During the month of May, participants of EADA’s International Master in Finance had the option to attend the course Python/Tableau taught by visiting professor Luke Smalley. The course was one of 12 electives in three areas (corporate finance, investment banking and FinTech) offered during the strategic specialisations in the third trimester of the Finance programme.
Professor Smalley joins us from Lisbon, Portugal, where he is Senior Data Analyst at Uber. He holds a master’s degree in International Political Economy from the University of York and has held senior commercial positions in tech companies ‐ including as a director of a software development company ‐ before joining Uber. He currently teaches data analytics at Ironhack, an international tech school. In this interview, he shares his ideas about how business analytics software is changing the world and how he integrates his extensive experience into his classes at EADA.
How did you get into business analytics?
I spent the first part of my career working in commercial roles at tech companies. In doing so, I saw how strong analytical processes could impact business success – but that those processes were often done poorly. I saw an opportunity and decided to specialise as an analyst. I taught myself how to code and the rest – as they say – is history.
Why is software such as Python and Tableau so revolutionary?
For the last decade, company execs have been told that investing in ‘Big Data’ was going to give them the competitive advantage. So they’ve spent the last 10 years investing in big data infrastructure, collecting data from every possible source. But now many companies are sitting on hoards of data, with no idea what to do with it, or how to extract any value from it. Tools like Python and Tableau enable companies to start extracting value from that data.
Over the next few years, I believe that we’ll see more data science functions and processes considered as the responsibility of the data analytics department, particularly in the realm of predictive analytics.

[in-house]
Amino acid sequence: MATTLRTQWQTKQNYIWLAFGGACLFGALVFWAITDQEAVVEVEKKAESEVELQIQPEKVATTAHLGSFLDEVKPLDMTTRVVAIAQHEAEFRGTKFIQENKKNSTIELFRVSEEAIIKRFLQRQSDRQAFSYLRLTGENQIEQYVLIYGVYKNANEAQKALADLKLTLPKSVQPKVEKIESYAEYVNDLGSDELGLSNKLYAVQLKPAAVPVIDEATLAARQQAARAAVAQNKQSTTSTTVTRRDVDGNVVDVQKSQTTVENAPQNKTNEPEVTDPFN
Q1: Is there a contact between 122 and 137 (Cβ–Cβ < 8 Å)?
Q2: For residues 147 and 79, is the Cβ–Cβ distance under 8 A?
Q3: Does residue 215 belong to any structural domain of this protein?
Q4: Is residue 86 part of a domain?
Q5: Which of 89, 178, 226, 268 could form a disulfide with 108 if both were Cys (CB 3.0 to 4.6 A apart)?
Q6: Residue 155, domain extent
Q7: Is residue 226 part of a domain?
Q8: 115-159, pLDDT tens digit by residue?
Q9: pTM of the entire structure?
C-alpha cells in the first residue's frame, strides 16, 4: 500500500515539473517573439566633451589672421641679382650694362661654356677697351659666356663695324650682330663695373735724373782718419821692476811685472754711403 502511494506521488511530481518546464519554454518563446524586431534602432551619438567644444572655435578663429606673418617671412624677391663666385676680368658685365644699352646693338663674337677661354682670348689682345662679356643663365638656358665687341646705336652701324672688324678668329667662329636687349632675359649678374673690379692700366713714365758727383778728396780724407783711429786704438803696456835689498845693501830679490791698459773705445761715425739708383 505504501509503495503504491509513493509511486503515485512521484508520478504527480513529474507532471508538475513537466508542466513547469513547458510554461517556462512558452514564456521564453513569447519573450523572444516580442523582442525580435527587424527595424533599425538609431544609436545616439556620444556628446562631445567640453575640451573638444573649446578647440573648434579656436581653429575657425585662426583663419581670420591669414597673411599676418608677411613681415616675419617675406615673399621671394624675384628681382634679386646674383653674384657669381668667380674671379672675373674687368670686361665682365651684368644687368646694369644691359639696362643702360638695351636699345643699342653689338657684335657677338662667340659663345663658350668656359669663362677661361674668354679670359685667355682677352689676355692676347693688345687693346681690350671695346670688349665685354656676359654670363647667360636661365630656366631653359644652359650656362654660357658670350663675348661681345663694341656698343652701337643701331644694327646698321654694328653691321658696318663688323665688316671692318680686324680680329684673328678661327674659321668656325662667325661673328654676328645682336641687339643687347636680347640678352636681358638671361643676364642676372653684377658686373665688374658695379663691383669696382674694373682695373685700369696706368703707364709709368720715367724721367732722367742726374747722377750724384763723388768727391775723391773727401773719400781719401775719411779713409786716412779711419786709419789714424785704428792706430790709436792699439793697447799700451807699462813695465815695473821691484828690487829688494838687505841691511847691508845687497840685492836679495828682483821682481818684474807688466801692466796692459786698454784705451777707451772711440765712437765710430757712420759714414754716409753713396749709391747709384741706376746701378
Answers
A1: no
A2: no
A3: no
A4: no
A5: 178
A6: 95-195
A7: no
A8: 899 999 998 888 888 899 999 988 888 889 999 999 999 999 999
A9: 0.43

Why is it important for finance professionals to have an understanding of these tools?
Python is widespread across the finance industry, particularly in hedge funds and investment banking. It’s a fast and simple programming language, and contains several libraries that are ideal for working with financial data. Python can be used to automate so many tasks that the productivity gains alone should be enough to motivate financial professionals to learn the language.
What is the most rewarding aspect of using tools such as these? And the most challenging?
The most rewarding aspect is seeing the tools that you build have a demonstrable impact on business. The most challenging aspect is that often the data analytics team is a bridge between technical and non-technical departments, and learning to communicate to these two different audiences can be difficult.
How do you bring your experience into the classroom?
I learned to code in Python late into my career, so I know what it’s like for someone from a non-technical background to start learning a programming language for the first time. I believe the best way to learn to code is by coding yourself, rather than watching someone else code, so the focus of the lessons is on practice rather than lectures.
The most rewarding part of teaching is seeing people learn how to do things that they didn’t think they could do. I recommend students find an area of fintech that piques their interest and work on it every day.
What do you know now that you wish somebody had told you when you started your career?
Learning to code is easier than you think and the benefits are greater than you think.